9 of the best scenic cycle routes near Chef & Brewer pubs

23.03.2017

9 walking hacks

There is nothing better than a scenic bike ride through the British countryside, and with spring just around the corner it’s the perfect time to get back in the saddle.

Chef & Brewer has 140 pubs to choose from around the UK, many in idyllic rural locations, so it’s easy as pie to plan a cycle route around a tasty pub lunch.

Whether you fancy yourself as the next Bradley Wiggins, or simply enjoy a gentle ride in the great outdoors, we’ve got a ‘wheelie’ great route just for you.

- route 1 -
Wendover Woods

This large forest in Buckinghamshire has a five-mile trail with waymarked tracks, ideal for beginners. There are plenty of idyllic sights for cyclists to enjoy, including: deciduous and evergreen trees, woodland flowers and beautiful vistas of the surrounding Chilterns countryside.

It’s also just a short three-mile cycle to the Shoulder of Mutton pub in Wendover, perfect for cyclists to refuel with a wholesome pub lunch.

- route 2 -
Basingstoke Canal towpath

The Basingstoke Canal towpath is one of the most beautiful canal routes in Britain, and has over 32 miles of trail for visitors to enjoy.

After your waterside bike ride, stop off for refreshment at the Swan pub on the peaceful banks of the canal. Tuck into a hearty lunch and freshly brewed ale whilst taking in the stunning Surrey countryside.

- route 3 -
Whitlingham Country Park

Whitlingham Country Park, on the outskirts of Norwich, is the perfect retreat for cyclists. The route is set in a nature reserve surrounding Whitlingham Great Board, and offers 86 acres of water and parkland, perfect for exploring on a bike.

Reward your efforts with a meal at the Rushcutters Arms on the banks of the River Yare, just three miles away from the park.

- route 4 -
Norbury Park

Norbury Park lies within the Surrey Hills Area of Outstanding Natural Beauty, and has 1,300 acres of natural woodland. The park has accessible cycle trails and magnificent views over the Mole Valley.

After you’ve tackled the Surrey climbs, head to Ye Olde Windsor Castle in Leatherhead, just on the outskirts of the park, and refuel with a plate of Hand-Battered Atlantic Cod and Chips.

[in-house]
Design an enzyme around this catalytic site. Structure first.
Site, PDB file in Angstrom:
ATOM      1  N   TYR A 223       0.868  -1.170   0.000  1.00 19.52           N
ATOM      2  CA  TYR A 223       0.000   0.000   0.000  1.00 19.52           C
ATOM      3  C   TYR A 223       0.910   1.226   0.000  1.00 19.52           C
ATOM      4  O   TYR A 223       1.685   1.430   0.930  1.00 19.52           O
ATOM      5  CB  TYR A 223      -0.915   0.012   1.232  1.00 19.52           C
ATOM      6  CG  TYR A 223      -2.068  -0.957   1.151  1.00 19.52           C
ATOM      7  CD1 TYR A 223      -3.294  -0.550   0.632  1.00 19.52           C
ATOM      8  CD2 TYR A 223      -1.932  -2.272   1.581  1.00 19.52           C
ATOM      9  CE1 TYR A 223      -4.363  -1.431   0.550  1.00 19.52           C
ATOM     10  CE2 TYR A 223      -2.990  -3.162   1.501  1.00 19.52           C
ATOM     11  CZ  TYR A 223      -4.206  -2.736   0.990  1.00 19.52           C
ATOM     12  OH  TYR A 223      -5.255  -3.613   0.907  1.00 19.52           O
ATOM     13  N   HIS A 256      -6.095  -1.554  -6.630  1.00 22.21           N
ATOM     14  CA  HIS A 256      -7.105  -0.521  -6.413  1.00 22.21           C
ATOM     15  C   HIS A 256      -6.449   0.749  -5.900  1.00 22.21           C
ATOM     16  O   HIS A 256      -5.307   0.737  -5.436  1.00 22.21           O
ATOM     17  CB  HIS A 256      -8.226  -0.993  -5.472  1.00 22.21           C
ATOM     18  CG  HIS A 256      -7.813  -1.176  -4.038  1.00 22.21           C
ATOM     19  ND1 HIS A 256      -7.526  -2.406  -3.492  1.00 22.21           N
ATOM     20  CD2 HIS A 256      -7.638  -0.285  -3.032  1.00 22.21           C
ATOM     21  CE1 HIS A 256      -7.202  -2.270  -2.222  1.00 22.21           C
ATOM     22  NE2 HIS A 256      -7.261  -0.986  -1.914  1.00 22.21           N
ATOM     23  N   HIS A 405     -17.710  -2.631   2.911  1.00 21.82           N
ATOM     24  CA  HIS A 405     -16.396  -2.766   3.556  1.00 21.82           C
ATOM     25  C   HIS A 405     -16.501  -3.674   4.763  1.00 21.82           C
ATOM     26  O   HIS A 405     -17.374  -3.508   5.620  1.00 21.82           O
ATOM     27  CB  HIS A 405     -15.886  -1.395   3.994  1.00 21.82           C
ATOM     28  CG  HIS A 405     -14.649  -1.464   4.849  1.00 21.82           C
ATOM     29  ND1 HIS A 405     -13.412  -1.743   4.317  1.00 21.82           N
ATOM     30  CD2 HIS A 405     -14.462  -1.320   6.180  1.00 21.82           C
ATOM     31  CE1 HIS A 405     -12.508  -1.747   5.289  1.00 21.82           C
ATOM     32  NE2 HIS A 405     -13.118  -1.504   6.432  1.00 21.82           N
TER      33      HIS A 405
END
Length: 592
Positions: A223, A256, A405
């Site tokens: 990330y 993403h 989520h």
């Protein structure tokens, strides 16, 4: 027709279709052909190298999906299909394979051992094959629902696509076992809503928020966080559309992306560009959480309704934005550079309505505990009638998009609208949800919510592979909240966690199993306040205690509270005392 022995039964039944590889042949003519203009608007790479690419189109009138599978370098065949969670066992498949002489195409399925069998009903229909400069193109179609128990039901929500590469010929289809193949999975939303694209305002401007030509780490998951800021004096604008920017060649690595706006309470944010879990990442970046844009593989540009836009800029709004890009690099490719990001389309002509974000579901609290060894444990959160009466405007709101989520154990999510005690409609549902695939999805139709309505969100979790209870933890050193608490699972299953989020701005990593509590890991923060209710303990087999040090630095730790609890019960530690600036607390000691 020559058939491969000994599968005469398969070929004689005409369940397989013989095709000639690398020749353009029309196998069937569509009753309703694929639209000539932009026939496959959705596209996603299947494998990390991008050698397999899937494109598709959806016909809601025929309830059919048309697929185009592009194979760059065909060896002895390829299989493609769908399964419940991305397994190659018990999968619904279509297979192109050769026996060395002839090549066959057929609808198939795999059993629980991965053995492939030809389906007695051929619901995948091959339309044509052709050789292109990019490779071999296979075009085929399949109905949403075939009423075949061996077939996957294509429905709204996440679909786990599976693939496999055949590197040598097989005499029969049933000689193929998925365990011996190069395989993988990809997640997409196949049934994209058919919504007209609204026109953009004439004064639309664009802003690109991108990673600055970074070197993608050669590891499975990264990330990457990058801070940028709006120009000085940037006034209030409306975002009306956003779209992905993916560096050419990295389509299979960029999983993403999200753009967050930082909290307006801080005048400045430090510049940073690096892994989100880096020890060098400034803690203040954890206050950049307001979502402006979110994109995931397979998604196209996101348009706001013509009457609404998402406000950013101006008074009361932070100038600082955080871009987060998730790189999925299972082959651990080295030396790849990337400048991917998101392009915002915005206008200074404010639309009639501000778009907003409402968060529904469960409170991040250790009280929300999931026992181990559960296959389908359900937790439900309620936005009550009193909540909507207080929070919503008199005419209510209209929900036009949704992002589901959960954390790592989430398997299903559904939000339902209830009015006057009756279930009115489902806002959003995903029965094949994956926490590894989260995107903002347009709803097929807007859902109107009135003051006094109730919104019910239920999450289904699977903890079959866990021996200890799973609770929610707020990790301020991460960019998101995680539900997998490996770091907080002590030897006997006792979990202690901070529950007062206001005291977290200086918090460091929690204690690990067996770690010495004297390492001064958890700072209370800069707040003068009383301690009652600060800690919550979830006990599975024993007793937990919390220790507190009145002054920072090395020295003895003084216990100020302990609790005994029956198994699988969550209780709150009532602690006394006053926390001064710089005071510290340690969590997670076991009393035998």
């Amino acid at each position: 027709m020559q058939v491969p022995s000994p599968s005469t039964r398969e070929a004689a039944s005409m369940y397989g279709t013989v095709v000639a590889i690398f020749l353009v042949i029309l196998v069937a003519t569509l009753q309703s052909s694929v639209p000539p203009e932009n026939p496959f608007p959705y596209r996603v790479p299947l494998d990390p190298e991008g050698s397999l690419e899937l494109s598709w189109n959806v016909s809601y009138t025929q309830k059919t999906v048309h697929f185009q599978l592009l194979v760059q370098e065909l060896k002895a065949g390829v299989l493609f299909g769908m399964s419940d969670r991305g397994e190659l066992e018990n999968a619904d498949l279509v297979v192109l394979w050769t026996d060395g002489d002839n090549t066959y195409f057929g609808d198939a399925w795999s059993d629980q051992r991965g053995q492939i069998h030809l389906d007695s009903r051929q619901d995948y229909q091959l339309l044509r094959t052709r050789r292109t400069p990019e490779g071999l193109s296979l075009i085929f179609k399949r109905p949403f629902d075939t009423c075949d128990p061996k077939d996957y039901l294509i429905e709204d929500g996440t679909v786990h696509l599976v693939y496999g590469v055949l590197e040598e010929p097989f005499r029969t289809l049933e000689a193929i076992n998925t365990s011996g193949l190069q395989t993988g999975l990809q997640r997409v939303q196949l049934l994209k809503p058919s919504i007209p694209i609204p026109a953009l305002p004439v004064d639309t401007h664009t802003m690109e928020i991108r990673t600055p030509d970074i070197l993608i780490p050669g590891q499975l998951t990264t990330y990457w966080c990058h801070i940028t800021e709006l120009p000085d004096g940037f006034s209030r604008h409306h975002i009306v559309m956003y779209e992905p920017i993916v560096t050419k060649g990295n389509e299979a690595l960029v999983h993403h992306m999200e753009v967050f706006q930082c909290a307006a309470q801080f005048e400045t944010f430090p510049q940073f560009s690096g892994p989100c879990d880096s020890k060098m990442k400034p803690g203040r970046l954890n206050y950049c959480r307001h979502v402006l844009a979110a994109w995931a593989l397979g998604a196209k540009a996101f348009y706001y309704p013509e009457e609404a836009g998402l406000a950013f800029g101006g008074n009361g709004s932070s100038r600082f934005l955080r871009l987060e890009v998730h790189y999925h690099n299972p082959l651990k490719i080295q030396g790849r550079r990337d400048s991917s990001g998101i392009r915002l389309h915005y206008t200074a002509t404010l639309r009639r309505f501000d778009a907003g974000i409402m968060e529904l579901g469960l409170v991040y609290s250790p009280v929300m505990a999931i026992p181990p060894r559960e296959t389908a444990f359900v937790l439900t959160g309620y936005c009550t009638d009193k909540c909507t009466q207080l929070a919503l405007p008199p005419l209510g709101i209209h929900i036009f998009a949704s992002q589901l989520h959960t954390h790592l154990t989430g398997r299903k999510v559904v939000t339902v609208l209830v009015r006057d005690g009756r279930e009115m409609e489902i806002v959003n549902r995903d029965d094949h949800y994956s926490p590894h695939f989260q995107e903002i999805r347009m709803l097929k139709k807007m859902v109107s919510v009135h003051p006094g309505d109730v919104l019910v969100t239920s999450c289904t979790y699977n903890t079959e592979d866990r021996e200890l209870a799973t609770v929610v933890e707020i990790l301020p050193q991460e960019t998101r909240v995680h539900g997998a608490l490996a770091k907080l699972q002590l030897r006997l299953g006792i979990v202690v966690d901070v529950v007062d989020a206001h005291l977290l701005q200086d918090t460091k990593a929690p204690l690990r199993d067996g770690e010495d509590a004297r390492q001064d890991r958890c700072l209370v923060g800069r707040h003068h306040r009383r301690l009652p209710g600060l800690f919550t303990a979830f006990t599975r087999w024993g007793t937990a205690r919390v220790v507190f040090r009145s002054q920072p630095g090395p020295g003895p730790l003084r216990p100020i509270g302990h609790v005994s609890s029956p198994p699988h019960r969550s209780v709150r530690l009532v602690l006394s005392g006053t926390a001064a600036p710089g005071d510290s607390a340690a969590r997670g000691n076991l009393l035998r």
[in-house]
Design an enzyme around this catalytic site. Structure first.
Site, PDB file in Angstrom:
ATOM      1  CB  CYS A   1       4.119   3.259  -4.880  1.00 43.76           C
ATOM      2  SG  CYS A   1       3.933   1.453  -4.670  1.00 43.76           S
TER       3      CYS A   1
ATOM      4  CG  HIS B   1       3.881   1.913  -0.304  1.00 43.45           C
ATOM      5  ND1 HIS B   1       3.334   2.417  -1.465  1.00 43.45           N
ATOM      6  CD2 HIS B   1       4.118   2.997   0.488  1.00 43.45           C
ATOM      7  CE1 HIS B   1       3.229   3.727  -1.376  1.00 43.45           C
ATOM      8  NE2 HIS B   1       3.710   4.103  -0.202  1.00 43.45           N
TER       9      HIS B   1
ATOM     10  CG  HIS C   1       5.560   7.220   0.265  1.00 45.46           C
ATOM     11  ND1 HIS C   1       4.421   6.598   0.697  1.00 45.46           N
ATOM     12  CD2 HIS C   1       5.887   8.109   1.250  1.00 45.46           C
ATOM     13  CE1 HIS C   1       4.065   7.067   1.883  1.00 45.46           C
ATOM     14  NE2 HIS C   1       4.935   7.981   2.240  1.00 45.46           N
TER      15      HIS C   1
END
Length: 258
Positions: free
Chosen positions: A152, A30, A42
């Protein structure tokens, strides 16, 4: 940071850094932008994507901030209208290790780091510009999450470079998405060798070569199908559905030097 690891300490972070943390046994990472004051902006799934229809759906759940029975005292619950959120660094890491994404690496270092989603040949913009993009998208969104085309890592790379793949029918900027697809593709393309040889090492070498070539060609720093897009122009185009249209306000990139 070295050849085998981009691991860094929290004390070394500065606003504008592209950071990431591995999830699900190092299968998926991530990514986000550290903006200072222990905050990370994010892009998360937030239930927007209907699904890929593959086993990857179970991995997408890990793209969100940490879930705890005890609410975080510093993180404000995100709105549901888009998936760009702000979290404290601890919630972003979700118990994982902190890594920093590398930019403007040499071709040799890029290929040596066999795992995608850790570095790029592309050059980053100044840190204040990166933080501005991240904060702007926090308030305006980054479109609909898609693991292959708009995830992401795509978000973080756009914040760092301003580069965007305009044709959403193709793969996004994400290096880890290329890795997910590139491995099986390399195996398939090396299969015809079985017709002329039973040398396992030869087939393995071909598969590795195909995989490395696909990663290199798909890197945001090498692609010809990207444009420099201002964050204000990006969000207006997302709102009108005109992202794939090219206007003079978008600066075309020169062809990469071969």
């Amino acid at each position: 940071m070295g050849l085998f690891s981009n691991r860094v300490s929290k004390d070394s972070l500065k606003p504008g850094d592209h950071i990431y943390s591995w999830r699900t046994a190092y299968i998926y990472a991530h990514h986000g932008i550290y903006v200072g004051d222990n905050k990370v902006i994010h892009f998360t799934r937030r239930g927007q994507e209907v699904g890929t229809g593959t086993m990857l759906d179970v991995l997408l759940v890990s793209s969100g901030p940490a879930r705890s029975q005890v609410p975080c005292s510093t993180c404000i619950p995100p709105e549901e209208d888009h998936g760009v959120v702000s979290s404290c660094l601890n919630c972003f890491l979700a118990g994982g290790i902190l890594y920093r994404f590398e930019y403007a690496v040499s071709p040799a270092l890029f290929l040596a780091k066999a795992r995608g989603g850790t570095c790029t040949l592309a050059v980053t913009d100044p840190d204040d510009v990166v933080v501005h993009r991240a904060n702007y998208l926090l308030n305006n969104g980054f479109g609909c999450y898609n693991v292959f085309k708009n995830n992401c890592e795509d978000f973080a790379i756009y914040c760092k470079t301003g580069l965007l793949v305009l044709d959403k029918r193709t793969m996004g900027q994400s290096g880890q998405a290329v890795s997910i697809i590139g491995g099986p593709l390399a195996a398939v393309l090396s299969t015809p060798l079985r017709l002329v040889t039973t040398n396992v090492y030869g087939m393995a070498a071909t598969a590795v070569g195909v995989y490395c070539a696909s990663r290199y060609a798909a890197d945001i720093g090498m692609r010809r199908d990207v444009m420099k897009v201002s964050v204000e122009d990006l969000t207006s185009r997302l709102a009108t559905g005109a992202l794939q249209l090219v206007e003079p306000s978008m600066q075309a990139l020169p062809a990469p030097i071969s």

- route 5 -
Stour Valley

Stour Valley offers cyclists undulating trails across quiet country lanes, ideal for all cycling abilities. The picturesque scenery of the Dedham Vale also makes the perfect backdrop to a spring bike ride.

The Yew Tree pub in Great Horkesley is just five miles outside the park, and is the ideal place to take a break before getting back in the saddle.

- route 6 -
Barnes Meadow

Barnes Meadow is a nature reserve set in the Northamptonshire countryside, offering a variety of grassland and wetland habitats. The cycle route takes you along the edge of the River Nene, and allows visitors to get up close and personal with the native wildlife, including kingfishers, herons and dragonflies.

After you’ve explored the nature reserve, stop off at the Britannia pub, on the banks of the River Nene, for a well-earned rest.

- route 7 -
South Downs National Park

The South Downs National Park has over 1,200km of trail for cyclists to enjoy, and is home to the iconic South Downs Way, the UK’s only national trail that is fully traversable by bike. A rite of passage for many cyclists, South Downs Way boasts 100 miles of trails from Winchester to Eastbourne.

For a slightly more gentle route, cycle along the River Itchen on the east side of the park, and pop in to the Bridge Inn for a riverside retreat after a hard day in the saddle.

- route 8 -
Wyre Forest

A popular spot for cyclists, the Wyre Forest has a range of challenging climbs and meandering roads. Experienced mountain bikers can enjoy trails within the forest, but for those looking for an easier ride, the blue cycle trail is a 4.7-mile route that takes you through the Nature Reserve and along a disused railway line.

Once you’ve worked up an appetite, visit the Running Horse Inn on the edge of the forest for our Award-Winning Steak and Ale Pie.

- route 9 -
9) The Peak District

The spectacular landscape of the Peak District is a cyclist’s playground, and offers bridleways, quiet lanes and traffic-free trails for visitors to enjoy. Irrespective of ability, the Peak District provides a variety of routes for experienced mountain bikers, ‘roadies’ and leisure cyclists alike.

Take in the picturesque scenery on two wheels, and stop off at the Peacock pub for traditional pub food set against the stunning backdrop of the rugged heather moorlands.

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